Hydration and Fuel

The Tough Ruck is not an easy event. You will be out on the course performing strenuous physical activity for at least four hours. Your body will run out of its glycogen stores and you will need to refuel. How varies from person to person as everyone has different tastes; what works for someone else might not work for you. This section will run through a few suggestions.


The day of the Tough Ruck should not be the first time you try out your hydration and fuel on a ruck, to include supplements! Ideally you will dial in your strategy over the course of your training and your last few training rucks will be trial runs for the big event.


Note: The weight of any water you consume or food you eat does not count towards the weight of your ruck – there are weigh stations at the beginning and the end of the event.



Hydration


Whether it’s hot or cold on the day of the Tough Ruck, you will sweat a significant amount. Hydration is key to restocking the water and enabling you to continue. A good rule of thumb is to take a sip at least once every half mile, increasing your intake as the temperature rises or if you’re a heavy sweater. You will lose more time due to muscle cramps and dehydration than you will lose by stopping to drink at every opportunity.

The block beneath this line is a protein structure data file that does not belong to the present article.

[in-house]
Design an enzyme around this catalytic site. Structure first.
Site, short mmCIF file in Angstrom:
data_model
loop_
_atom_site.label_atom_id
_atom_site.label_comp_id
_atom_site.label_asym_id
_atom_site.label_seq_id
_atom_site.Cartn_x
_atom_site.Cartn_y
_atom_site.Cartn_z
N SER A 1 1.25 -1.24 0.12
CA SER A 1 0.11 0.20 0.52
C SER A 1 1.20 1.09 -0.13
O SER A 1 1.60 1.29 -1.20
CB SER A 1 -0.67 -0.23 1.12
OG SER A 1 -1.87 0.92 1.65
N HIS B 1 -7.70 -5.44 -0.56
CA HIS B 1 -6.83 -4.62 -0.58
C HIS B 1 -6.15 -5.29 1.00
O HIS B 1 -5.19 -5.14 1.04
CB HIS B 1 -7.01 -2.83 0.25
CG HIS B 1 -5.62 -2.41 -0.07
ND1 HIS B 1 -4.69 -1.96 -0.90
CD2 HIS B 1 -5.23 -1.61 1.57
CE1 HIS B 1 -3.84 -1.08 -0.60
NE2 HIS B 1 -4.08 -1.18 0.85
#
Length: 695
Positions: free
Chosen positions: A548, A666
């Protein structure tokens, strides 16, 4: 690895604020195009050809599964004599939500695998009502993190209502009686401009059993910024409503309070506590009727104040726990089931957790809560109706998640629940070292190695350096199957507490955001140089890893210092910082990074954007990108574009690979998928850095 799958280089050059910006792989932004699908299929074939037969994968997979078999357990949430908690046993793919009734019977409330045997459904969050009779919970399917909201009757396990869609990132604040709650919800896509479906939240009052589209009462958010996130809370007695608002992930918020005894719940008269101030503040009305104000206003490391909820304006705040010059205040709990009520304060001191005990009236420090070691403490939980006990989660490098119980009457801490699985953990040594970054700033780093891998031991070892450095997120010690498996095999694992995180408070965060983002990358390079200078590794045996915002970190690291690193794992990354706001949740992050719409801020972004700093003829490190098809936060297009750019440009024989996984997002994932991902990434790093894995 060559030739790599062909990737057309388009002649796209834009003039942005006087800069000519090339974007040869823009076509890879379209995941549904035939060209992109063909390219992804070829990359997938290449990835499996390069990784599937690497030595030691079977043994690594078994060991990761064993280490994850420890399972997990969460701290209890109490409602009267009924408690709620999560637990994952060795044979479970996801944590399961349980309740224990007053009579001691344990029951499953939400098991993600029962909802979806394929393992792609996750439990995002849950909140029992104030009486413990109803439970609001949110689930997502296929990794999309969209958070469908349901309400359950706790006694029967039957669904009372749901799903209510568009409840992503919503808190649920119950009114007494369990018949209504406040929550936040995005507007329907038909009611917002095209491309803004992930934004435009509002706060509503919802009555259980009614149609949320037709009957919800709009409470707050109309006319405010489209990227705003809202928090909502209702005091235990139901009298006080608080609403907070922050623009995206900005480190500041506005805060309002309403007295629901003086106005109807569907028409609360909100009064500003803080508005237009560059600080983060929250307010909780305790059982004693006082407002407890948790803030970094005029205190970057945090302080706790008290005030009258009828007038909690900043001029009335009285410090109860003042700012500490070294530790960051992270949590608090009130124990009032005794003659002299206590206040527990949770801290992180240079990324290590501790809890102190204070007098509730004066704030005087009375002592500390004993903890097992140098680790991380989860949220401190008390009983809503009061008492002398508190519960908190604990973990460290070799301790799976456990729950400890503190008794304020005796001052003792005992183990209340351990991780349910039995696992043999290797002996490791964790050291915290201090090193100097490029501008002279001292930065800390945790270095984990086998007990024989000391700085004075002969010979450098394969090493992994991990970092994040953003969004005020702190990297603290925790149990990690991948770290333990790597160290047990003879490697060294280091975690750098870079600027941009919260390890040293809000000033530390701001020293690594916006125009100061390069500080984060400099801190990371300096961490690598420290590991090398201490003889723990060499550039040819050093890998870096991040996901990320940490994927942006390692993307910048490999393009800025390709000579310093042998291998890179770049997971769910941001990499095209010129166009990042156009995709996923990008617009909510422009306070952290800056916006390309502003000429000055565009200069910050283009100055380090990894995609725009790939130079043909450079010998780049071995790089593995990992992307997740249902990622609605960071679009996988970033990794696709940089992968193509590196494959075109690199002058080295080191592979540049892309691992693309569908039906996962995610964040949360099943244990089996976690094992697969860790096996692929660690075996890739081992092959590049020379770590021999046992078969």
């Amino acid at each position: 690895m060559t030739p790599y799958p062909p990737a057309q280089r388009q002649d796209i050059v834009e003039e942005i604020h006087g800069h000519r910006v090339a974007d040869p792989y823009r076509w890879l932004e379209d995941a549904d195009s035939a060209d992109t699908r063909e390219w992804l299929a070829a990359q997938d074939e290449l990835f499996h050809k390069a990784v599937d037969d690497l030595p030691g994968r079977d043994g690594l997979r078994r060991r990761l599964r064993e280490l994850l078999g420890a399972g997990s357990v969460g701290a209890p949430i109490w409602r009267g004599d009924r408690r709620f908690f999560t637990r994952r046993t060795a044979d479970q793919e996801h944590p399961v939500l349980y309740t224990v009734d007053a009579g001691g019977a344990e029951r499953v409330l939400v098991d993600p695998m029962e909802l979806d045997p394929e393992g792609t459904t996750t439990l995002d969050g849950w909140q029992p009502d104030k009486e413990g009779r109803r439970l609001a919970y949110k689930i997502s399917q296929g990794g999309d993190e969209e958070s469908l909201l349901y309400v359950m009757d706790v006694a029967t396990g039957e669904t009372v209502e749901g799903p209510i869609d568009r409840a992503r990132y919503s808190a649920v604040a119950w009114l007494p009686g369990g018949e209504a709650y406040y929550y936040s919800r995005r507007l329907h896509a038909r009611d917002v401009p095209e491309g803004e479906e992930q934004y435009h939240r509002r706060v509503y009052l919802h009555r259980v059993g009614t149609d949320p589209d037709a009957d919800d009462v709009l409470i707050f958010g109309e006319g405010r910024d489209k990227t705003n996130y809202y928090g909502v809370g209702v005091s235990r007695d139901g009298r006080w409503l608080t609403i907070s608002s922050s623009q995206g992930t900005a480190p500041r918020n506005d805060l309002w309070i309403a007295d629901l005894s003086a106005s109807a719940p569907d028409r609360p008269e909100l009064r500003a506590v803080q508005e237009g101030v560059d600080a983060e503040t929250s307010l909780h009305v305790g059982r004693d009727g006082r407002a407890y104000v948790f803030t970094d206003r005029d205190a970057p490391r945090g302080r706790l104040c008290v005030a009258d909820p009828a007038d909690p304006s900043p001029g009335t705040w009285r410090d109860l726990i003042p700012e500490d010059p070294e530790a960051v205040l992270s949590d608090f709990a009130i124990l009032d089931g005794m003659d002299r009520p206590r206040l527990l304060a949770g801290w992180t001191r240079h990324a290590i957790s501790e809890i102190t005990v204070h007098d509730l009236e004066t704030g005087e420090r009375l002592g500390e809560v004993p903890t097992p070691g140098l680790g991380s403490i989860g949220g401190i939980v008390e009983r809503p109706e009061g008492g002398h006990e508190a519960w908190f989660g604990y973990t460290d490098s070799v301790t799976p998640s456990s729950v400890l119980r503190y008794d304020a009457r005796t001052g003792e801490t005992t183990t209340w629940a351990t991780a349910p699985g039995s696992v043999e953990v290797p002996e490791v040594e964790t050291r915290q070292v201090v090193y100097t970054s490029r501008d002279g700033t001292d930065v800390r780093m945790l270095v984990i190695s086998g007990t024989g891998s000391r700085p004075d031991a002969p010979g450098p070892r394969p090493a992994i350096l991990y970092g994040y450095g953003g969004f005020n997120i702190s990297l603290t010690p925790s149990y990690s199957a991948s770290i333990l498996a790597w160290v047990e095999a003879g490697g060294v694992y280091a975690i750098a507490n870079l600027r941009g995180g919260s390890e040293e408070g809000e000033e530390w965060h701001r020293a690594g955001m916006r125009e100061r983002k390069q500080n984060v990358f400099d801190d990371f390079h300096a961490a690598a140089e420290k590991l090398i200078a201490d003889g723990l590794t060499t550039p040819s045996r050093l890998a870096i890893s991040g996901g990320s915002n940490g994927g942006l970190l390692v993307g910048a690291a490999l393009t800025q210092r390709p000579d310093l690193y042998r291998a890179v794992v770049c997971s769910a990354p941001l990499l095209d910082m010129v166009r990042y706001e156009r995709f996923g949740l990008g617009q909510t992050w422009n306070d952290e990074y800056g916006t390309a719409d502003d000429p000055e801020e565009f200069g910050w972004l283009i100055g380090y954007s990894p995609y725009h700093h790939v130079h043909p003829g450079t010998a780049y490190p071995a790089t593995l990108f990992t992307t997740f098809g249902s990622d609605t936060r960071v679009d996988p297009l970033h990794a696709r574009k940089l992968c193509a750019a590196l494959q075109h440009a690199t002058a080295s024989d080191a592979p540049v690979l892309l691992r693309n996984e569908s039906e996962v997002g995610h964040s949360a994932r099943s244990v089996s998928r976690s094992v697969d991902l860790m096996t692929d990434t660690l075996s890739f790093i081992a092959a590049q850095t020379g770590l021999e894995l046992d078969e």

Fuel


Unless you follow a ketogenic diet – and you’ll know if you do – your body uses glycogen as its main source of fuel. For the purposes of this guide, think of glycogen as carbohydrates. You’ll need to replace at least some of carbs you’re burning. But how many?


According to The Mayo Clinic, a 160-pound person burns 511 calories per hour backpacking and a 200-pound person burns 637 calories per hour backpacking. (Backpacking is a good approximation of rucking.) You won’t need to replace all those calories to get through the event but we recommend 100-300 calories per hour over the course of the ruck.


There are multiple sources you can choose from. Some people swear by energy gels or goo, protein bars, fruit, pizza, or even fried chicken. Any liquid calories you ingest count too, including soda or electrolyte drinks like Gatorade®.




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